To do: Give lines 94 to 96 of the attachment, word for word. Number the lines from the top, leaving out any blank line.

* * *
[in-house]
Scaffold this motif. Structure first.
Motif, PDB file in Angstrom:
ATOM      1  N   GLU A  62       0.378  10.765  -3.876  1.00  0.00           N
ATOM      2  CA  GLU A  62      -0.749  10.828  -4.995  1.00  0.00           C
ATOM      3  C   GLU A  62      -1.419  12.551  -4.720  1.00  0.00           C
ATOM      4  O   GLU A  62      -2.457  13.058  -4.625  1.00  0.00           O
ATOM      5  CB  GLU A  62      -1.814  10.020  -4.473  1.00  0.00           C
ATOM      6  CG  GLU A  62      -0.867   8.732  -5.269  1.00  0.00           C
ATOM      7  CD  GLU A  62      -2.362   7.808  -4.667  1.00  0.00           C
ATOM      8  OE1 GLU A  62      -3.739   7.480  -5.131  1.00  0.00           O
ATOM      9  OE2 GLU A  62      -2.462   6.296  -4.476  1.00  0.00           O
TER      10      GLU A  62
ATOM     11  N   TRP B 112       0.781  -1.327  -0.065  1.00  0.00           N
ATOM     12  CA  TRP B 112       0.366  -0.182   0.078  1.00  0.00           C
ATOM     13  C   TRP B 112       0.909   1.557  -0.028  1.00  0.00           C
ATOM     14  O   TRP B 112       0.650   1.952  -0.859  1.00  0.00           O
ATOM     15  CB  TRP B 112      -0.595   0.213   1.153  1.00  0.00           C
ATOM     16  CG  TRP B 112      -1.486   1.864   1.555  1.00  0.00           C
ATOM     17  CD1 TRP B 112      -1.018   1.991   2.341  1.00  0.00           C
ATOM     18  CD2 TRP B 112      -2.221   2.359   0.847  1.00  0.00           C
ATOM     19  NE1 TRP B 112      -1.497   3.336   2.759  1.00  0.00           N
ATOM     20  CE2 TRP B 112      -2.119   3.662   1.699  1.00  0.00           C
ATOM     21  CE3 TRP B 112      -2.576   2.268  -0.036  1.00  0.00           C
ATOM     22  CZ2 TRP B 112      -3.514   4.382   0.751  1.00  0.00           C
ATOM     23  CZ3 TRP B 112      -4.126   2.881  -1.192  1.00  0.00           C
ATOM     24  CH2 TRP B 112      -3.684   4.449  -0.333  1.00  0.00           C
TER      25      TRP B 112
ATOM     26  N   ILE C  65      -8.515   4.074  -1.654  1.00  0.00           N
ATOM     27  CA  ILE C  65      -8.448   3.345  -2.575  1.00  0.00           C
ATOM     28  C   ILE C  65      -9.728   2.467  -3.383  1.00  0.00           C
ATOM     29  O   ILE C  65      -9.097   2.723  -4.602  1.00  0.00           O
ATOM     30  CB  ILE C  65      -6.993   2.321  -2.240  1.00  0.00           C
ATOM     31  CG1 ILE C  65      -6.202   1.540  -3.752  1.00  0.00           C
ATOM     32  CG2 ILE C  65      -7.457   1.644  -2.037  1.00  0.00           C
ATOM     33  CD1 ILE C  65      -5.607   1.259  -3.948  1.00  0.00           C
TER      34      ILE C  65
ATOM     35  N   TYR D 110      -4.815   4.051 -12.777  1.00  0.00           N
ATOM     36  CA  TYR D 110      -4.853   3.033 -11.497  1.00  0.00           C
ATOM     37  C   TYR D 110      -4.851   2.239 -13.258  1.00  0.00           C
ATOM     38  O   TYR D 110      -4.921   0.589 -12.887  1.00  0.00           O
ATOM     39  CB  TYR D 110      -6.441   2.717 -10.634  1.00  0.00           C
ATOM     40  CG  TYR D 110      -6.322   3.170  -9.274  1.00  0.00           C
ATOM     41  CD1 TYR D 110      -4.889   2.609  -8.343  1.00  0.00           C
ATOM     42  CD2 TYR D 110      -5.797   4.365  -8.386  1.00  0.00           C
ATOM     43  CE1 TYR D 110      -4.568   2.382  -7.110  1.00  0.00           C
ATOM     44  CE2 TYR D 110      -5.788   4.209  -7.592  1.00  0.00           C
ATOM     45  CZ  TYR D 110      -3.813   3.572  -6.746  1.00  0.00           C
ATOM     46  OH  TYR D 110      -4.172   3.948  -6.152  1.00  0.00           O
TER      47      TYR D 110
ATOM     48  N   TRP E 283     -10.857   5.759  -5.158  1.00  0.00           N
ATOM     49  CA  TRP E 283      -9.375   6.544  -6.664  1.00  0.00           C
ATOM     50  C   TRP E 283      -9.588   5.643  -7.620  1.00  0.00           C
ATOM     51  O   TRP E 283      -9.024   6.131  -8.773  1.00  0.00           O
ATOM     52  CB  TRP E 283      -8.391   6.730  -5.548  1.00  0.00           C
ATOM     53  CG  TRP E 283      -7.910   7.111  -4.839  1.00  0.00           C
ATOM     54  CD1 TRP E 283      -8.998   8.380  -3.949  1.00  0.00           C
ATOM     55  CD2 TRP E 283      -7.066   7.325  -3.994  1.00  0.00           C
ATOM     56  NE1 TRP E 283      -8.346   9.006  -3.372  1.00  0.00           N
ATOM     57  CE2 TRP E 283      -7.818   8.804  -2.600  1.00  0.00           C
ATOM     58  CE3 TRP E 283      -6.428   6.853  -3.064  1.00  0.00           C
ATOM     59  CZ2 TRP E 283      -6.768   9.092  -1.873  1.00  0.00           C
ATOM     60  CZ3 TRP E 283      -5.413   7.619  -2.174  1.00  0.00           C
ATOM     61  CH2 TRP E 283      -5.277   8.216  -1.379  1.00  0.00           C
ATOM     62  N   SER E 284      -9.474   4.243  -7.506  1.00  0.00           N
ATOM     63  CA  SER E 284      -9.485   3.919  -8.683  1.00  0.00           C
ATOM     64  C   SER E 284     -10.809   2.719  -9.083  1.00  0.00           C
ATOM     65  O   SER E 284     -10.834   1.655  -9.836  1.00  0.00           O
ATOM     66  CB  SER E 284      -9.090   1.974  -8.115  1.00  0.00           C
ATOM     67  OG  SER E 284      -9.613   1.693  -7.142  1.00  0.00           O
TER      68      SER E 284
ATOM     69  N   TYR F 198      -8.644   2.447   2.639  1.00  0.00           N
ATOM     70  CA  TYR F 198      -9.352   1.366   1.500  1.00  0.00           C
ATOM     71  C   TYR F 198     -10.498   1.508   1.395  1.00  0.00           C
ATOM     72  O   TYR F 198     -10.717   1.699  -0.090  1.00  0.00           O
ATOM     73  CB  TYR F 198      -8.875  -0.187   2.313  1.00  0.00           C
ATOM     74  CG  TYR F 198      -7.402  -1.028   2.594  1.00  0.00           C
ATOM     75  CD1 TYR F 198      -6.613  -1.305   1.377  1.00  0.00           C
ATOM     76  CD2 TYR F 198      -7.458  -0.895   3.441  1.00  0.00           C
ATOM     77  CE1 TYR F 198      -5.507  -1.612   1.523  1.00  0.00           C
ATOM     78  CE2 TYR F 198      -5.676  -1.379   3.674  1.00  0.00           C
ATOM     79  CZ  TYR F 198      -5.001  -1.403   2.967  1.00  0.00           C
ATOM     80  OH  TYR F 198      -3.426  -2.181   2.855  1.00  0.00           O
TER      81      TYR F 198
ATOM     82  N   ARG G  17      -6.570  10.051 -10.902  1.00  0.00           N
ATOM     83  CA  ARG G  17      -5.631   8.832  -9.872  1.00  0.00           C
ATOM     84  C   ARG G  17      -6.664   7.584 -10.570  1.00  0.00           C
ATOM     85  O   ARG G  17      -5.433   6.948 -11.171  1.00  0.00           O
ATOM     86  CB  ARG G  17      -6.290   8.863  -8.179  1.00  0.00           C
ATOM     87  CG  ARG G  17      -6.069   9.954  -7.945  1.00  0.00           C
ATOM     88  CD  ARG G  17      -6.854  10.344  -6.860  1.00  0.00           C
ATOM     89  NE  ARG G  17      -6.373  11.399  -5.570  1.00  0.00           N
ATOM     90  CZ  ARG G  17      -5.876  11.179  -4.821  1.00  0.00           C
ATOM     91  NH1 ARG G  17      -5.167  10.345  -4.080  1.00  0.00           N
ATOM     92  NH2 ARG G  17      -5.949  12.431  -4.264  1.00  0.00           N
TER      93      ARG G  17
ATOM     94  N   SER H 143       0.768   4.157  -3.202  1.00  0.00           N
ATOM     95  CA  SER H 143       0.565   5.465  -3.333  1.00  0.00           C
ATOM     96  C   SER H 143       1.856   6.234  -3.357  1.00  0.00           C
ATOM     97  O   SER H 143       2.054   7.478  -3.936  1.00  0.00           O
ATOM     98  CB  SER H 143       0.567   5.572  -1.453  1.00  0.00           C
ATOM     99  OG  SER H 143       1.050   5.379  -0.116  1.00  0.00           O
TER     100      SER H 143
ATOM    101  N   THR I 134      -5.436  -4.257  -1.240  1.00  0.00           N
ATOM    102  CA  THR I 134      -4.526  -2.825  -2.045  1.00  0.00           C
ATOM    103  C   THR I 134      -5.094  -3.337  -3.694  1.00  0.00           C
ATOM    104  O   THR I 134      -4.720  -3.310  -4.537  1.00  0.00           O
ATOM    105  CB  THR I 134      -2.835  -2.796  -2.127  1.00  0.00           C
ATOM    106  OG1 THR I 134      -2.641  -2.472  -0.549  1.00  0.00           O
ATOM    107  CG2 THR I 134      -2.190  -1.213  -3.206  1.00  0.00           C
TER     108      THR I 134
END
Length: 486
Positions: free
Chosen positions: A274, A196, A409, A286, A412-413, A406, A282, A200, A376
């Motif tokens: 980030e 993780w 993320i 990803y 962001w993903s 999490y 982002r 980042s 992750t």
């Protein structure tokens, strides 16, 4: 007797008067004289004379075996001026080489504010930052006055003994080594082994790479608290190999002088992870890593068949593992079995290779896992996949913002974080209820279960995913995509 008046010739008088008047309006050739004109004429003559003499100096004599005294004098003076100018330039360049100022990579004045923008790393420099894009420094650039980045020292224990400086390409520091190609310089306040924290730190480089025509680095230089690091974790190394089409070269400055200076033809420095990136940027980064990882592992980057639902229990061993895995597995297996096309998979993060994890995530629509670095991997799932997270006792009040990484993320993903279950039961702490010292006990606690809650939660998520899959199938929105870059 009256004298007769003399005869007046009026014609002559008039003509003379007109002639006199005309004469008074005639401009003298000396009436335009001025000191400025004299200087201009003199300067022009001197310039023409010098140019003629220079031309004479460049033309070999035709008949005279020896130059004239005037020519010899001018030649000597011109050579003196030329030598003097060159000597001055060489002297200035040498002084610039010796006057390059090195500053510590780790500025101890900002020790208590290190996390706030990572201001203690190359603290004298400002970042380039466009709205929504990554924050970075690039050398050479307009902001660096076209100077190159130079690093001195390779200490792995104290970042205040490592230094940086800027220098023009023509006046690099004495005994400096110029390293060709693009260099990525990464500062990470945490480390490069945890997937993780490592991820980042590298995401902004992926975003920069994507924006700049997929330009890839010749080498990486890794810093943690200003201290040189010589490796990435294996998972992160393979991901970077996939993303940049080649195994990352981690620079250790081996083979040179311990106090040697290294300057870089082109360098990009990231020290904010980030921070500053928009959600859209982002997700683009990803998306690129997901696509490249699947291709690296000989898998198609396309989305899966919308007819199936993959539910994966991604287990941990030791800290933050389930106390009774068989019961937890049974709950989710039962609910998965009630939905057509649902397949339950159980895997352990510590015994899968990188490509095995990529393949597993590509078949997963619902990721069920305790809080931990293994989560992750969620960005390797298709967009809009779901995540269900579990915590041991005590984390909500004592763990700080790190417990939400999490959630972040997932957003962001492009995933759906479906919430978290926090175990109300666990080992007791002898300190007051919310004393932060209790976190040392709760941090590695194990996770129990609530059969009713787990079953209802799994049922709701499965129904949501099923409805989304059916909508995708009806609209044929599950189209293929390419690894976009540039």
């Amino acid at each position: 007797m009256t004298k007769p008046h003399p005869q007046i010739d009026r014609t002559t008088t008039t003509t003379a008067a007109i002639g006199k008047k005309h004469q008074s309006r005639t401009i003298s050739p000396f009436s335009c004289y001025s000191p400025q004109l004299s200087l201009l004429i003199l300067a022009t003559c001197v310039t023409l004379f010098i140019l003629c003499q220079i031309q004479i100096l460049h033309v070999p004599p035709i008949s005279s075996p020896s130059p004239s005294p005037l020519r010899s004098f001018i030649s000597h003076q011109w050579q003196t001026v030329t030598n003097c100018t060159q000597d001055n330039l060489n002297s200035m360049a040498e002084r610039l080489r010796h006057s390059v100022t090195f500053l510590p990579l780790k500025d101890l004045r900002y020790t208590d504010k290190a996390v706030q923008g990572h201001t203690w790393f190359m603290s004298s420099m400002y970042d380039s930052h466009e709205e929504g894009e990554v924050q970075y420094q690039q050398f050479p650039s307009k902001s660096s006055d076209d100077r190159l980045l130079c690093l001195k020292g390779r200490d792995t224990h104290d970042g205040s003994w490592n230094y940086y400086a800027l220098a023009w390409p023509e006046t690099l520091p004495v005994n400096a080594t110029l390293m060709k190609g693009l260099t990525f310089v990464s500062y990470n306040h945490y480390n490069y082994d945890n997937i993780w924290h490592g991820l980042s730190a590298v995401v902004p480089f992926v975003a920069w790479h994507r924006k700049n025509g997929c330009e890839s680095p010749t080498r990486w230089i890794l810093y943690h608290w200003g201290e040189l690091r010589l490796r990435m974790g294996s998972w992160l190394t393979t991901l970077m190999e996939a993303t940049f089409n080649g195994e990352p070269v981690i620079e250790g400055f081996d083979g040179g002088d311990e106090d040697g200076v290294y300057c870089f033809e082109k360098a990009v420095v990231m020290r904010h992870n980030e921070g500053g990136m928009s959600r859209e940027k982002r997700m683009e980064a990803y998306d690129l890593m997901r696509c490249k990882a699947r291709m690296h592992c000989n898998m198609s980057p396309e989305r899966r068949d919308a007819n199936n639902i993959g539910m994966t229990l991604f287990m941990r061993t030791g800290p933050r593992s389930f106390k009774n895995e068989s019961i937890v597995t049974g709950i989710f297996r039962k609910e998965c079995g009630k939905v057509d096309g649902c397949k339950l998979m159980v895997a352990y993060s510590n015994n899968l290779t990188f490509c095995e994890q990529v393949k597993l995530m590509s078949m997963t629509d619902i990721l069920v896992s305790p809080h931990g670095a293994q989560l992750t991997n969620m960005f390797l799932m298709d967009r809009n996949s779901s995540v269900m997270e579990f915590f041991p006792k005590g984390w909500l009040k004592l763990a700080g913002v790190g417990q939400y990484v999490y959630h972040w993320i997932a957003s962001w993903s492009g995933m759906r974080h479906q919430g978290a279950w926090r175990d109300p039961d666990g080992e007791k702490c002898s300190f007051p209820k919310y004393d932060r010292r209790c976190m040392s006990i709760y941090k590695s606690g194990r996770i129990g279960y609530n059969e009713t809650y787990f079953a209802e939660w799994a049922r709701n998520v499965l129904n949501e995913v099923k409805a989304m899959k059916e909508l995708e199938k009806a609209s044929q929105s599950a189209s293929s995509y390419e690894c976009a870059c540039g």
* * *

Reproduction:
ATOM     91  NH1 ARG G  17      -5.167  10.345  -4.080  1.00  0.00           N
ATOM     92  NH2 ARG G  17      -5.949  12.431  -4.264  1.00  0.00           N
TER      93      ARG G  17